1897 American journalism’s exceptional year Journalism History 29, (4) Winter 2004

‘Wonderfully able & attractive’

Schudson’s dichotomy, moreover, fails to recognize the ascendancy of the New York Journa, which in 1897 became America’s most compelling newspaper. Even Pulitzer conceded its exceptionality. Invoking “Geranium,” his code name for the Journal, Pulitzer told the World’s business manager, Don C. Seitz, in a letter in December 1897: “I personally think Geranium a wonderfully able & attractive and popular paper, perhaps the ablest in the one vital sense, of managing to be talked about; of attracting attention; of constantly furnishing something which will compel people wherever they meet, whether in the drawing room, or in the poor house, elevated car or dinner table, to talk about something in that paper. That is the sort of brains the World needs. Pardon me for saying also, that with all its faults, which I should not like to copy—though they have been exaggerated—it is a newspaper.”120


It was a surprising acknowledgement by Pulitzer, who usually was dismissive in characterizing the Journal. Yet his argument was unassailable: The Journal had become the country’s boldest, most energetic, most-talked-about newspaper. Its impressive string of successes in 1897 began in the spring with coverage of the brief war between Greece and Turkey war for control of Crete. The Journal offered what it termed “a veritable kinetoscope picture of the scene of war,” publishing reports from no fewer than a dozen correspondents121—including two women122 and Stephen Crane, author of Red Badge of Courage.123 In June 1897, the Journal arranged for Mark Twain to report from London on Queen Victoria’s diamond jubilee.124 The association with Twain allowed the Journal to puncture rumors about the writer’s supposedly failing health and to publish his famous though often-distorted comment: “The report of my death was an exaggeration.”125


The Journal’s crowded year was not without embarrassing lapses, such as the newspaper’s erroneous, graphically illustrated report in February 1897 about the strip-search of a Cuban woman aboard U.S. passenger steamer. 126 The article was written by Richard Harding Davis, who reported that Spanish authorities boarded the steamer, the Olivette , as it prepared to leave Havana and searched several passengers for contraband. Among the passengers was a young Cuban woman named Clemencia Arango, whose brother was a leader in the insurgency against Spanish rule.127 Davis’ article was ambiguous about who had conducted the search, but an accompanying illustration by the Frederic Remington depicted leering, male detectives clustered around a naked woman.128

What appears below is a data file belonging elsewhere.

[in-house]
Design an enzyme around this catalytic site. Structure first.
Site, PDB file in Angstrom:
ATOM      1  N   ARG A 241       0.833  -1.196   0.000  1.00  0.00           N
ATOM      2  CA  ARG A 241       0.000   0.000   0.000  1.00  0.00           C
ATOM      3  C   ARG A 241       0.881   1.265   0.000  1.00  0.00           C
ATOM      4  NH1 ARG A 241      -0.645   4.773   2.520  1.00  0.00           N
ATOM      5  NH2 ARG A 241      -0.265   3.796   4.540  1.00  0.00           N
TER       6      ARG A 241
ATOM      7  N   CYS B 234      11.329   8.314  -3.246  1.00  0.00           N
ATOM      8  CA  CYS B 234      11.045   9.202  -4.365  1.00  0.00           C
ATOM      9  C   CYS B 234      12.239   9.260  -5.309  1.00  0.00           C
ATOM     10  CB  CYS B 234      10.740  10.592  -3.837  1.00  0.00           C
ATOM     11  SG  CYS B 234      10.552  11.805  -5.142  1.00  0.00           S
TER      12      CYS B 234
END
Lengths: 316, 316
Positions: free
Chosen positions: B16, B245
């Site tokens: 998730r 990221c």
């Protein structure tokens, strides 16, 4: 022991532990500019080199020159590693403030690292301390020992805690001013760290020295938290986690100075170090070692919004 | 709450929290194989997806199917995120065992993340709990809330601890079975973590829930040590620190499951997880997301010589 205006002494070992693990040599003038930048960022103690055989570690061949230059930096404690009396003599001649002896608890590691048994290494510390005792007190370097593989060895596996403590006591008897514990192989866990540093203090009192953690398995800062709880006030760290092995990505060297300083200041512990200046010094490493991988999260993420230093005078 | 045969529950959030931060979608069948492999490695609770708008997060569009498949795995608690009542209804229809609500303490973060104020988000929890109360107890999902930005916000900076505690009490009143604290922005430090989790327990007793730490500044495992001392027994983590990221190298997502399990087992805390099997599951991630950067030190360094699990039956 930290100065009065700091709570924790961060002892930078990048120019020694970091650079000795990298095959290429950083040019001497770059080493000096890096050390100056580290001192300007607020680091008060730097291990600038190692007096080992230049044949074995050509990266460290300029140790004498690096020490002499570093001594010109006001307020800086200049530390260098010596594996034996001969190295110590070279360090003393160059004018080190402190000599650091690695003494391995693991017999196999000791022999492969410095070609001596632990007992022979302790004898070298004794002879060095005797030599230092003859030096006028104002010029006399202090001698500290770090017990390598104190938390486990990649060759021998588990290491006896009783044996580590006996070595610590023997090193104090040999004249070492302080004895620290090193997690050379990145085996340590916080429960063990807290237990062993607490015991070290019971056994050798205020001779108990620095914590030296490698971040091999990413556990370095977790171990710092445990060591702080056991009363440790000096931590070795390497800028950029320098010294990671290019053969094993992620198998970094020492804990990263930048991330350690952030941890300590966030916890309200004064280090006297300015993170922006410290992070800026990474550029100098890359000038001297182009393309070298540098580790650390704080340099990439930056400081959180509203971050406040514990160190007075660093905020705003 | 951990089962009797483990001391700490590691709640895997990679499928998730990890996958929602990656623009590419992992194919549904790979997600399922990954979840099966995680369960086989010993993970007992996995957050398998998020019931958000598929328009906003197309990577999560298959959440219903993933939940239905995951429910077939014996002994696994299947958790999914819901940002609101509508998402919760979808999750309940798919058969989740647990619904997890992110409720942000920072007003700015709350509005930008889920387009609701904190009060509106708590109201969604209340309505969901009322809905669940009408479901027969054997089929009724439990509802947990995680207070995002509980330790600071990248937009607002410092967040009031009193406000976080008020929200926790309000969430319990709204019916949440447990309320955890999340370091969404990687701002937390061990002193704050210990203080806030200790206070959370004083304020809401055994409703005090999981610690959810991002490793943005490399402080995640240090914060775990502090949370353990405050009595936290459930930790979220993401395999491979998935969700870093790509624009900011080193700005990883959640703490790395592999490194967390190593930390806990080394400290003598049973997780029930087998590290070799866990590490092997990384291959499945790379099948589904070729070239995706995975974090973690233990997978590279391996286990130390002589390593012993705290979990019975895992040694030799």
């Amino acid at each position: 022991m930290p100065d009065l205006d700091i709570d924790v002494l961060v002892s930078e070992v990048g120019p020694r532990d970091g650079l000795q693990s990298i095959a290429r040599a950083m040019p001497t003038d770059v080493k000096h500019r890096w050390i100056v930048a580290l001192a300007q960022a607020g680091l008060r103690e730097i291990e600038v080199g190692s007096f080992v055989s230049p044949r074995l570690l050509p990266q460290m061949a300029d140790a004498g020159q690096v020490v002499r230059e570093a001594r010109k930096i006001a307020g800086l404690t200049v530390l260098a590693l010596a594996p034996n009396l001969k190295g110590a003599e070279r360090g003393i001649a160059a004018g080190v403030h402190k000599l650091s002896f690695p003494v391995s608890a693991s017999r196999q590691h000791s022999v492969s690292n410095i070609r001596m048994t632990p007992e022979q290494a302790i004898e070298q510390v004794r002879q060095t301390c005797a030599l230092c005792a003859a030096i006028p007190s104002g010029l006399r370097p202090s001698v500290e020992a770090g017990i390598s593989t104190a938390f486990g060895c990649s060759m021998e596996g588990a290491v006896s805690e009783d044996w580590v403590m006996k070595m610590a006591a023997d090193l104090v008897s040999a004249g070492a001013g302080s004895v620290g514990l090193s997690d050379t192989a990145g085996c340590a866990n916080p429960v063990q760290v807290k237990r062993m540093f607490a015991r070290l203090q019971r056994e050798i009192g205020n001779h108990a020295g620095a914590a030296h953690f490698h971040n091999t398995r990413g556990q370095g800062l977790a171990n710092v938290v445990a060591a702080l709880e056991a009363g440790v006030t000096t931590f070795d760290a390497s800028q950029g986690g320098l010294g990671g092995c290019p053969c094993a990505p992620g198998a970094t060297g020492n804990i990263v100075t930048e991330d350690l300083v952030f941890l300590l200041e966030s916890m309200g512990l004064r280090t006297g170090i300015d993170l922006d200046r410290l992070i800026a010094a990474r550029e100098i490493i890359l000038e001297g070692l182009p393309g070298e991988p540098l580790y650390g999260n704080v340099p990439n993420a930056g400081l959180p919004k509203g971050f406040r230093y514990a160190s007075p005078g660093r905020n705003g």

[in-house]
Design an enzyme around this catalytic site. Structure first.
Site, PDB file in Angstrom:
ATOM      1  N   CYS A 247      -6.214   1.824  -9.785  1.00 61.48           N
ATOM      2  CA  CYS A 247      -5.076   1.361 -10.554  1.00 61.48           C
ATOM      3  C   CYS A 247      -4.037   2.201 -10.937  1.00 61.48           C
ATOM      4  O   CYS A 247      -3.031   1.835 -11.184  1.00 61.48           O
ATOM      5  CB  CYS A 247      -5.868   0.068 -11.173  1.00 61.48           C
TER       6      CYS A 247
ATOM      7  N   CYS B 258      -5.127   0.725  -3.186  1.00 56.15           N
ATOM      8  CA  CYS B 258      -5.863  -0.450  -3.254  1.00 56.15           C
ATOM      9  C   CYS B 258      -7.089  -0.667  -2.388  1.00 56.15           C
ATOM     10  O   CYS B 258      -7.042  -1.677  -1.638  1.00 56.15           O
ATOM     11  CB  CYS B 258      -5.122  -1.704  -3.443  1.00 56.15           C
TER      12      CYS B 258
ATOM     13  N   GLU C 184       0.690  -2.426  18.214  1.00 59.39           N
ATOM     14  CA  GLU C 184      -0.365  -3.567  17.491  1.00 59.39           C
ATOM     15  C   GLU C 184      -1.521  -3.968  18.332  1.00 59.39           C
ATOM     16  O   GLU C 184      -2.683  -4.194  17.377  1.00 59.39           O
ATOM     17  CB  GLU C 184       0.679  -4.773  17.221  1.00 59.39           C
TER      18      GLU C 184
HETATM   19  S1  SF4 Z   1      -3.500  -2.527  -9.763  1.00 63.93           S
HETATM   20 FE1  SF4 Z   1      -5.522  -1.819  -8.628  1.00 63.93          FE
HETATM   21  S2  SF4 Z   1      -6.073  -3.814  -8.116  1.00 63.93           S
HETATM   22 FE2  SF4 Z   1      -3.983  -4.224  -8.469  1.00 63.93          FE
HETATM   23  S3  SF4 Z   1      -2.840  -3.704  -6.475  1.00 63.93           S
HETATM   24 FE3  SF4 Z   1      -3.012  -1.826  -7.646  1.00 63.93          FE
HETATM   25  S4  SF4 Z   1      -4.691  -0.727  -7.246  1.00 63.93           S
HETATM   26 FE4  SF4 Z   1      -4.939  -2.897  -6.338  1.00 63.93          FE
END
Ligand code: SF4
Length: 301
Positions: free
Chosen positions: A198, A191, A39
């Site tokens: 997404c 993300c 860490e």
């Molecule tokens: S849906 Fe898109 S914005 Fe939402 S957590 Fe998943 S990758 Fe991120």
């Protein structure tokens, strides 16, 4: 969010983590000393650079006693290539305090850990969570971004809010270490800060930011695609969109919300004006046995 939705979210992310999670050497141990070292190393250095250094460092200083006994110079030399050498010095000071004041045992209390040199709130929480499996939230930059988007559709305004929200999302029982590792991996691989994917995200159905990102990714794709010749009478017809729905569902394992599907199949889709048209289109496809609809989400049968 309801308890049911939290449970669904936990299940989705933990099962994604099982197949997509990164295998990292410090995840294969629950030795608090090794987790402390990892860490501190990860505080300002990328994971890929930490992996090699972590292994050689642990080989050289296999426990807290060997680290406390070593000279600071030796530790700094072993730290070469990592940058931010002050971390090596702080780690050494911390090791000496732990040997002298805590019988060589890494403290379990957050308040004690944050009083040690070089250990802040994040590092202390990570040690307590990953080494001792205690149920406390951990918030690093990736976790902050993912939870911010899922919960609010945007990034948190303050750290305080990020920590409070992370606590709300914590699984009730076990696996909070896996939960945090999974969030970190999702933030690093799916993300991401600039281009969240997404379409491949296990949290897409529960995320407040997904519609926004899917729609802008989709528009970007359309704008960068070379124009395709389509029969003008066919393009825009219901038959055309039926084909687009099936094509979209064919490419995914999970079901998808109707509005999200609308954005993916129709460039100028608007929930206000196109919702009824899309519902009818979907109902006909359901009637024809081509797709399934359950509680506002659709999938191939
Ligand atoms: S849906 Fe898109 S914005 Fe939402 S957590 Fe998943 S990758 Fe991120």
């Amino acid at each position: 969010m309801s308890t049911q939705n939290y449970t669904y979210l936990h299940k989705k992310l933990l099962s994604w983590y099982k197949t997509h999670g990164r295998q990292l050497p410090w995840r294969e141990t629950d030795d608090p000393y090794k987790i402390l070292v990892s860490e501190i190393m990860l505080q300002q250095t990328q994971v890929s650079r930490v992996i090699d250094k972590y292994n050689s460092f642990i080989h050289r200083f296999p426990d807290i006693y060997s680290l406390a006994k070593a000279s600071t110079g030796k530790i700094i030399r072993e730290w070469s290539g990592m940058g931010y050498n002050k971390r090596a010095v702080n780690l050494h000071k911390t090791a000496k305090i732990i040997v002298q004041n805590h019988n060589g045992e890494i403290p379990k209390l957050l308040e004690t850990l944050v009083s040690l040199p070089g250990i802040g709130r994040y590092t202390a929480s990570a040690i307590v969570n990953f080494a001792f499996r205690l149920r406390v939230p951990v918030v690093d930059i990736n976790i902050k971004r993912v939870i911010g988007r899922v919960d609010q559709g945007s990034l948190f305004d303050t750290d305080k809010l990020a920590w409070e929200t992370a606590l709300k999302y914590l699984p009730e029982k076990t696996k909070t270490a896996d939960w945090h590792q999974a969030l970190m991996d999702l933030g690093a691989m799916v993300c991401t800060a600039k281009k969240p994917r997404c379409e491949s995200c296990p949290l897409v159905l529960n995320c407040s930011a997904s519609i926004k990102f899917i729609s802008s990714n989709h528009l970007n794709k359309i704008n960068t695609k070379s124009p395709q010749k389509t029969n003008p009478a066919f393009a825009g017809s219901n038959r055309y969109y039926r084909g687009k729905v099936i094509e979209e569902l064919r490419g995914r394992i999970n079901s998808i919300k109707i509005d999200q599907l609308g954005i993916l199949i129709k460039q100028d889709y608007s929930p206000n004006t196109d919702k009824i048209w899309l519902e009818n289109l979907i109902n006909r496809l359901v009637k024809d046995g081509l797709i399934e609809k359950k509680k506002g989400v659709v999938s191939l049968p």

The World punctured the Journal’s sensational report, quoting Arango as denying that men had strip-searched her. That task, she said, had fallen to a matron, or “inspectress.”129 Davis, in a letter to the World, blamed Remington for having drawn “an imaginary picture” and insisted his dispatch had not said that men had conducted the search.130 In any event, the discredited the strip-search story underscored for critics a sense that the Journal was unreliable and prone to publishing “fakes” and other thinly documented reports.



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120. Joseph Pulitzer, letter to Don C. Seitz, Dec. 23, 1897, Pulitzer papers, Library of Congress, Manuscript Division, Washington, D.C. Emphasis in the original.

121. See “The Journal’s War Correspondence,” New York Journal, April 30, 1897. Some correspondents evidently were local residents who filed only occasionally. Even so, the lengths to which the Journal covered the Greece-Turkey conflict anticipated the intensity of its reporting from Cuba during the Spanish-American War in 1898.

122. One of the female correspondents was Stephen Crane’s companion, Cora Howorth Stewart, who wrote under the byline “Imogene Carter.” See Michael Robertson, Stephen Crane, Journalism, and the Making of Modern American Literature (New York: Columbia University Press, 1997), 142.

123. One of Crane’s dispatches, critical of the Greeks, was published under the headline, “The Blue Badge of Cowardice.” See Stephen Crane, “The Blue Badge of Cowardice,” New York Journal, May 12, 1897.

124. Mark Twain, “The Great Jubilee As Described by the Journal’s Special Writers,” New York Journal, June 23, 1897. Other bylines from London on the Journal’s front page that day included those of Julian Ralph, Frank Marshall White, and the drama critic Alan Dale.

125. Frank Marshall White, “Mark Twain Amused,” New York Journal, June 2, 1897. See also, Louis J. Budd, “Color Him Curious About Yellow Journalism: Mark Twain and the New York City Press,” Journal of Popular Culture 15 (1981): 32.

126. Richard Harding Davis, “Does Our Flag Shield Women?” New York Journal, Feb. 12, 1897. Davis’ report was mistaken in doubting Spain’s authority to conduct searches of U.S.-flagged vessels in Havana harbor.

127. “Tale of a Fair Exile: Senorita Arango’s Own Story of the Olivette ‘Search Outrage,’” New York World, Feb. 15, 1897.

128. Remington drew the illustration based on Davis’ report, which was ambiguous about whether male detectives were present during the search. The illustration appeared on page 2 of the New York Journal on Feb. 12, 1897.

129. “Tale of a Fair Exile,” Feb. 15, 1897. Arango stated in the World’s report that she had not been “ill-treated, except [for] the humiliation of being stripped by a strange woman.” Arango was unequivocal in saying that “no men were admitted into the rooms nor could they have seen into them.”

130. Richard Harding Davis, “Mr. Davis Explains: The ‘Olivette Search Outrage’ Is Now Made Clear,” New York World , Feb. 17, 1897.